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A sea lion on navigational buoy #14 in San Diego Harbor. Buoy seal.jpg
A sea lion on navigational buoy #14 in San Diego Harbor.
Green can #11 near the mouth of the Saugatuck River.
Can 11 in Saugatuck river.jpg
Green Can #11 on a nautical chart
NOAA Weather buoy NOAA-NDBC-discus-buoy.jpg
NOAA Weather buoy

A buoy ( /ˈb.i,bɔɪ/ ) [1] [2] is a floating device that can have many purposes. It can be anchored (stationary) or allowed to drift with ocean currents.



Marker buoys

Buoys are often used to temporarily or permanently mark the positions of underwater objects:


Several types of marker buoys may be used by divers:





Specific forms


buoy with letter box in Tore Arrival Polar.jpg
buoy with letter box in Töre

Other uses

See also

Related Research Articles

In underwater diving, open water is unrestricted water such as a sea, lake or flooded quarries. It is the opposite of confined water where diver training takes place. Open water also means the diver has direct vertical access to the surface of the water in contact with the Earth's atmosphere.Open water diving implies that if a problem arises, the diver can directly ascend vertically to the atmosphere to breathe air. Penetration diving—involving entering caves or wrecks, or diving under ice—is therefore not "open water diving". In some contexts the lack of a decompression obligation is considered a necessary condition for classification of a dive as an open water dive, but this does not affect the classification of the venue as open water.

<span class="mw-page-title-main">Night diving</span> Underwater diving during the hours of darkness

Night diving is underwater diving done during the hours of darkness. It frequently refers specifically to recreational diving which takes place in darkness. The diver can experience a different underwater environment at night, because many marine animals are nocturnal.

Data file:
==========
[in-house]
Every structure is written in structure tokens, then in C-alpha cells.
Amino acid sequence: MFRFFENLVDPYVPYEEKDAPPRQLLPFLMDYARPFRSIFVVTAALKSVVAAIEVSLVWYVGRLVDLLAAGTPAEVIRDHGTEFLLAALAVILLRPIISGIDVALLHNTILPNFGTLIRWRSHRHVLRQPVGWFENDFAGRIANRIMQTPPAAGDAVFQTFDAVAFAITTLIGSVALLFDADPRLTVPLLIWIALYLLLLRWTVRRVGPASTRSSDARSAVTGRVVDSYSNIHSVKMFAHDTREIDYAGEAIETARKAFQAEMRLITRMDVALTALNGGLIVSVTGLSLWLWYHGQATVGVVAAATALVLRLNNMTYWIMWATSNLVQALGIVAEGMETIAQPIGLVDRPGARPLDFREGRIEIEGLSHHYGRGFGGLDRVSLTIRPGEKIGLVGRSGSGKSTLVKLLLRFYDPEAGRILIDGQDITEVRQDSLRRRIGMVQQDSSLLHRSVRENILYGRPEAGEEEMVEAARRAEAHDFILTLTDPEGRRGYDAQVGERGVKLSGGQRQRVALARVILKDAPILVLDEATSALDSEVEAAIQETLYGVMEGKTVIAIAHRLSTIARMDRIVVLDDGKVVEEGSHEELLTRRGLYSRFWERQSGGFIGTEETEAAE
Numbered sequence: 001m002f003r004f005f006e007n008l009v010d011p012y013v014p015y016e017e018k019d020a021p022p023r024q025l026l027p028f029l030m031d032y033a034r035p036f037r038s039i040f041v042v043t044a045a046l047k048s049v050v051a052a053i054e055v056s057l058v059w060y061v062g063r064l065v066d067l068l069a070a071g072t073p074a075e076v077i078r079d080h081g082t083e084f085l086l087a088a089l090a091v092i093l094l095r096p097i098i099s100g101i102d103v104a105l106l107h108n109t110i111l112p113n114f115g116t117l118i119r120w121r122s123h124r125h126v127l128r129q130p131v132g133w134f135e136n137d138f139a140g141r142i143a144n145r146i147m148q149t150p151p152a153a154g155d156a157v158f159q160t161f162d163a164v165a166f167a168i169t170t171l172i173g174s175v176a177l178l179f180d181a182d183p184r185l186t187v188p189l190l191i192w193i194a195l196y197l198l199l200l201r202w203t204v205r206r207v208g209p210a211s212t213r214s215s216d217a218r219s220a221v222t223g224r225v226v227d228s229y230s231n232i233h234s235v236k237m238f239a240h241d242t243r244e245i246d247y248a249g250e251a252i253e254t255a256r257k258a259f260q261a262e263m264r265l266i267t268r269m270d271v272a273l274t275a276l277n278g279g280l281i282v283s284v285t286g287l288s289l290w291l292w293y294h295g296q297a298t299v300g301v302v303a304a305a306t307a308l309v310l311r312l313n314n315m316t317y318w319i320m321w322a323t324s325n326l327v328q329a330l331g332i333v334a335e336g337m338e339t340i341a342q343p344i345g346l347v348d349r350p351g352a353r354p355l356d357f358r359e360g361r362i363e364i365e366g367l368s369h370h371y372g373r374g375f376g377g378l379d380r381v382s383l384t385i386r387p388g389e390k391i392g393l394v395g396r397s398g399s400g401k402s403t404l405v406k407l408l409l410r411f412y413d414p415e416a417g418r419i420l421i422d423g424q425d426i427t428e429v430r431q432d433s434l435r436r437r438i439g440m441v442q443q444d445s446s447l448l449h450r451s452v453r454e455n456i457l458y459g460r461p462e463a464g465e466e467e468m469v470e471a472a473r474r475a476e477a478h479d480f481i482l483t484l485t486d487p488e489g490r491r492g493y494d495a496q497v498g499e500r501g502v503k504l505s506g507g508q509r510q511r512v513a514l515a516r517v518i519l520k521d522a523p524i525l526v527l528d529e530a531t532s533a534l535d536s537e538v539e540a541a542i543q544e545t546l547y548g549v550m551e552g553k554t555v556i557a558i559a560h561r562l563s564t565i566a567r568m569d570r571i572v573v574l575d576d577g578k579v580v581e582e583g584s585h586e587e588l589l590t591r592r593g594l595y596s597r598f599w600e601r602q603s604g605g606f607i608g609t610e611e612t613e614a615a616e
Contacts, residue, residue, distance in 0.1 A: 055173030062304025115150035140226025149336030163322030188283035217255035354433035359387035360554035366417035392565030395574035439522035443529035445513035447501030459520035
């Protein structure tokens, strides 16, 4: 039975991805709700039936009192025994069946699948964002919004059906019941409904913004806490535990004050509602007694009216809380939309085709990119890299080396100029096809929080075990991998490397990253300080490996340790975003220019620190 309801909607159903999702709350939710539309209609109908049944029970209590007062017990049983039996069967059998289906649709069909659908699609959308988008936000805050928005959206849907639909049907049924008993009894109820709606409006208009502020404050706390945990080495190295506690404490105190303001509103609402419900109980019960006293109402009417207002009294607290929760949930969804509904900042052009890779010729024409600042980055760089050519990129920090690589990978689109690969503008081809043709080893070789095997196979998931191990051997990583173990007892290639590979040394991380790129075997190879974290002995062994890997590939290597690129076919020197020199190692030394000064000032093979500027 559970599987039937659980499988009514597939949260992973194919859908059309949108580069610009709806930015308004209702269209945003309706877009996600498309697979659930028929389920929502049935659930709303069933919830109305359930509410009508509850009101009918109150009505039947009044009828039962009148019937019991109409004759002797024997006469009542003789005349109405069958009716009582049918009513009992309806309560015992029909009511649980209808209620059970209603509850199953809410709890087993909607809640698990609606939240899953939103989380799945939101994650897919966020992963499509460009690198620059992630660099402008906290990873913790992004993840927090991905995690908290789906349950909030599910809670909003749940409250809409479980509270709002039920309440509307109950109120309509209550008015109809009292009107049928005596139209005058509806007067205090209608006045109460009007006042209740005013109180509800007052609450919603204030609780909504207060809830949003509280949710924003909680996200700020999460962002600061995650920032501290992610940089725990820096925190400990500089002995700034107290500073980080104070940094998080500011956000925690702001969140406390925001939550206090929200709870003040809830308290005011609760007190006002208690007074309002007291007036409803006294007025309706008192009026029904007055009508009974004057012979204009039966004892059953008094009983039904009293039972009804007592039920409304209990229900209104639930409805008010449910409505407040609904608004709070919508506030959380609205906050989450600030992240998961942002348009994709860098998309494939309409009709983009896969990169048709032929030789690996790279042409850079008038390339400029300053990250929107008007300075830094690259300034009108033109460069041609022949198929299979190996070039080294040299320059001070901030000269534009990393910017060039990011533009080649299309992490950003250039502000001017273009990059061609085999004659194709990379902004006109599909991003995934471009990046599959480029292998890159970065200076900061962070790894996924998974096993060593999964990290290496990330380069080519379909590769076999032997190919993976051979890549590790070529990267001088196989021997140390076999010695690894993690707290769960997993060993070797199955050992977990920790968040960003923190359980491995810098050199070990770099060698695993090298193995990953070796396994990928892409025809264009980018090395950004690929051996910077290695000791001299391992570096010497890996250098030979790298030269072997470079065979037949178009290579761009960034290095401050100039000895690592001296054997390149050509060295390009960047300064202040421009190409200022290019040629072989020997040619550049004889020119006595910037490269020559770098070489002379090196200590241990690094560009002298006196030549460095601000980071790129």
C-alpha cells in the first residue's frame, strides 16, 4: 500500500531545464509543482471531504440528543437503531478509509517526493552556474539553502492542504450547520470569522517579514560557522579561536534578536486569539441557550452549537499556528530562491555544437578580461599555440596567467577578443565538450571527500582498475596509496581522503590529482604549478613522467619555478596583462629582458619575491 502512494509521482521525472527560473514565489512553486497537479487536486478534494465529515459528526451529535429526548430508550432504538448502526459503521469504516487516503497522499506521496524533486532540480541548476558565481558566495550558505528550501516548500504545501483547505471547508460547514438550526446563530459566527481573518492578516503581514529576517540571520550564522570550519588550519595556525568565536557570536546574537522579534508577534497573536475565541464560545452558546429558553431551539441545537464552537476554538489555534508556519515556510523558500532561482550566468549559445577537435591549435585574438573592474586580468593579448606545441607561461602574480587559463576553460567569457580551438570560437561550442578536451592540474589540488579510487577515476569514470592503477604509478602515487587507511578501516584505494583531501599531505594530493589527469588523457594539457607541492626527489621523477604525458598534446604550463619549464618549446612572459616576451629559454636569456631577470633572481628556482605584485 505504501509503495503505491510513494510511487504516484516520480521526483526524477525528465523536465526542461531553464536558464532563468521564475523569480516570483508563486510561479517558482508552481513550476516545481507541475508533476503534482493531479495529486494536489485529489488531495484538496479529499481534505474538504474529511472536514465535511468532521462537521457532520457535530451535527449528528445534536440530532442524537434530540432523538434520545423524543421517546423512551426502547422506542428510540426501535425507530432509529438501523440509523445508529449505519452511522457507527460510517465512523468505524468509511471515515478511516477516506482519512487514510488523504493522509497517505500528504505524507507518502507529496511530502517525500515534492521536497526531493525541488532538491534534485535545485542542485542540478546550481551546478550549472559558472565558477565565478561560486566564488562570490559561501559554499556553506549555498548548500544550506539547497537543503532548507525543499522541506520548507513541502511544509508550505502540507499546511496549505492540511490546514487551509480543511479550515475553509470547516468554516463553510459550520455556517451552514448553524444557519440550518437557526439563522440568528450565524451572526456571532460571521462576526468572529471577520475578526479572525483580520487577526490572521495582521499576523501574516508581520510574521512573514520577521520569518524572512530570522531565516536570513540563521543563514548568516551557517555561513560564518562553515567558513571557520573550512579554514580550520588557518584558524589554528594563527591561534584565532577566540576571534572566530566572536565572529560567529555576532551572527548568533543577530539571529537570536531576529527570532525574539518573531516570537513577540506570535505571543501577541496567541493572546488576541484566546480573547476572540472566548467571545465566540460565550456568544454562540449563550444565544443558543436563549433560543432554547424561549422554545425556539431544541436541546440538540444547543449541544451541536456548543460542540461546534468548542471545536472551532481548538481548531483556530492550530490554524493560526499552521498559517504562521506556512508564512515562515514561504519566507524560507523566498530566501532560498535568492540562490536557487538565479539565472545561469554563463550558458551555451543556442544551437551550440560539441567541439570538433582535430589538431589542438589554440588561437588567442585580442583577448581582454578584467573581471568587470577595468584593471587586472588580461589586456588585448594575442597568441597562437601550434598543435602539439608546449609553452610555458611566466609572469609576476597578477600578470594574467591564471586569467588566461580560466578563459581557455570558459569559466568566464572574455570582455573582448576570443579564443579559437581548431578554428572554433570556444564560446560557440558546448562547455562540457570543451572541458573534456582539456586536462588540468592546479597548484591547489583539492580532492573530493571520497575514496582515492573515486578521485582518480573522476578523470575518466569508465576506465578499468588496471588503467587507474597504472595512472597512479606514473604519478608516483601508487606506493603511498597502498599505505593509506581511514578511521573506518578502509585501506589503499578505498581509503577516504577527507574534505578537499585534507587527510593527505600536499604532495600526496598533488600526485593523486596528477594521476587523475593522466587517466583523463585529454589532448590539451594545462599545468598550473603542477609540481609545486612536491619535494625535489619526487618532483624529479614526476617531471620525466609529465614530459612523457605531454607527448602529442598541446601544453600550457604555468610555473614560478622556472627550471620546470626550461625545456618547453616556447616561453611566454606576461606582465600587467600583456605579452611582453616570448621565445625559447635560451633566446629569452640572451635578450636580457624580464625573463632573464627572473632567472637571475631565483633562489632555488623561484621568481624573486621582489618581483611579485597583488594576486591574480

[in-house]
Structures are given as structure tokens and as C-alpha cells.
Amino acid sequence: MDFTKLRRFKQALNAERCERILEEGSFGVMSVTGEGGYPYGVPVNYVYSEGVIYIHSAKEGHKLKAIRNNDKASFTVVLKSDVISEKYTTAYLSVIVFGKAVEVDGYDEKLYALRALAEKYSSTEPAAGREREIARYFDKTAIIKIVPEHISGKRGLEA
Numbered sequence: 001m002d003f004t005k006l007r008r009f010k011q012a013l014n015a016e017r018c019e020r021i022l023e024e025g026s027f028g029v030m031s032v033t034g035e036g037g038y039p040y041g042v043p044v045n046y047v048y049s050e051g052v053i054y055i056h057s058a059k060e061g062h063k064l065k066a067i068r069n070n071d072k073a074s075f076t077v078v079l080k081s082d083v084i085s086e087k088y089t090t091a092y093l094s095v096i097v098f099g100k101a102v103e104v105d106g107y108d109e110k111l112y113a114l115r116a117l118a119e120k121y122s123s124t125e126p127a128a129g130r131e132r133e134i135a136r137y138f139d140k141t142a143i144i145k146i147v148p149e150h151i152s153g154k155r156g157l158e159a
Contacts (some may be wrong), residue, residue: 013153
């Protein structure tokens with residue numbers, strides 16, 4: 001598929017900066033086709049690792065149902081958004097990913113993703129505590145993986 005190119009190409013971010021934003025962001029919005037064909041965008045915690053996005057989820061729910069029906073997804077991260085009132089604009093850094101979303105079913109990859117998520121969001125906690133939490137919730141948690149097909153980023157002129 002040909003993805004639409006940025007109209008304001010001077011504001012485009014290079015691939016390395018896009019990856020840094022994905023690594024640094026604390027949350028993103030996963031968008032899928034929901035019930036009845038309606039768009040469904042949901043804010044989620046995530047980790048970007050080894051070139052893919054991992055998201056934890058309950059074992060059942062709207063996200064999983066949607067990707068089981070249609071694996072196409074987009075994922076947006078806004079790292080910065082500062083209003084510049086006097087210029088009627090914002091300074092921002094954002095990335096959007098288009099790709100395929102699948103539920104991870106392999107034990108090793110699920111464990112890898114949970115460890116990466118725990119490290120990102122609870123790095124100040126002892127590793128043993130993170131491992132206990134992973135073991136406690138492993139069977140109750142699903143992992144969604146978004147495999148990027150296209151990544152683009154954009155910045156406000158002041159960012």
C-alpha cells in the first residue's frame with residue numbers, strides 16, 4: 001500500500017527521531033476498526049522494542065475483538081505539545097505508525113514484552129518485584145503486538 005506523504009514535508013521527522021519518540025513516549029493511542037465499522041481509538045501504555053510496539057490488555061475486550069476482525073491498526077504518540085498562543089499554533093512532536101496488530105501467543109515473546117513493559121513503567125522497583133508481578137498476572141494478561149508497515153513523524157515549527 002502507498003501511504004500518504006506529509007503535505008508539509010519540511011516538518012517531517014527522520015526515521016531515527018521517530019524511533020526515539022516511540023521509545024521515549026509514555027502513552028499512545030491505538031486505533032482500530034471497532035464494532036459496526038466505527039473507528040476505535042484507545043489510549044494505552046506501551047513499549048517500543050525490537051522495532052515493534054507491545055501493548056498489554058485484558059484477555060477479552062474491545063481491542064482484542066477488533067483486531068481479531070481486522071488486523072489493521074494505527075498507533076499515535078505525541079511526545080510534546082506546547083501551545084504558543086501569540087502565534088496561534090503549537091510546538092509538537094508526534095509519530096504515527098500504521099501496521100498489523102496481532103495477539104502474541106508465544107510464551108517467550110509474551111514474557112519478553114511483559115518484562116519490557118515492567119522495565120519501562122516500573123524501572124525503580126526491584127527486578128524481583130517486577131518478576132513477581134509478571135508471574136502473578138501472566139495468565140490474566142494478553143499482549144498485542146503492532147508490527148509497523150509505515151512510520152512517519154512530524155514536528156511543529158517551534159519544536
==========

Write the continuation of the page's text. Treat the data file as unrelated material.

<span class="mw-page-title-main">Surface marker buoy</span> Buoy towed by a scuba diver to indicate the divers position

A surface marker buoy, SMB, dive float or simply a blob is a buoy used by scuba divers, at the end of a line from the diver, intended to indicate the diver's position to people at the surface while the diver is underwater. Two kinds are used; one (SMB) is towed for the whole dive, and indicates the position of the dive group throughout the dive, and the other, a delayed surface marker buoy, DSMB or decompression buoy, is deployed towards the end of the dive as a signal to the surface that the divers have started to ascend, and where they are going to surface. Both types can also function as a depth reference for controlling speed of ascent and accurately maintaining depth at decompression stops. Surface marker buoys are also used by freedivers in open water, to indicate the approximate position of the diver when submerged. They may also be used to support a catch bag or fish stringer by underwater hunters and collectors. A DSMB is considered by recreational scuba divers and service providers to be a highly important item of safety equipment, yet its use is not part of the entry level recreational diver training for all training agencies, and there are significant hazards associated with incompetent use.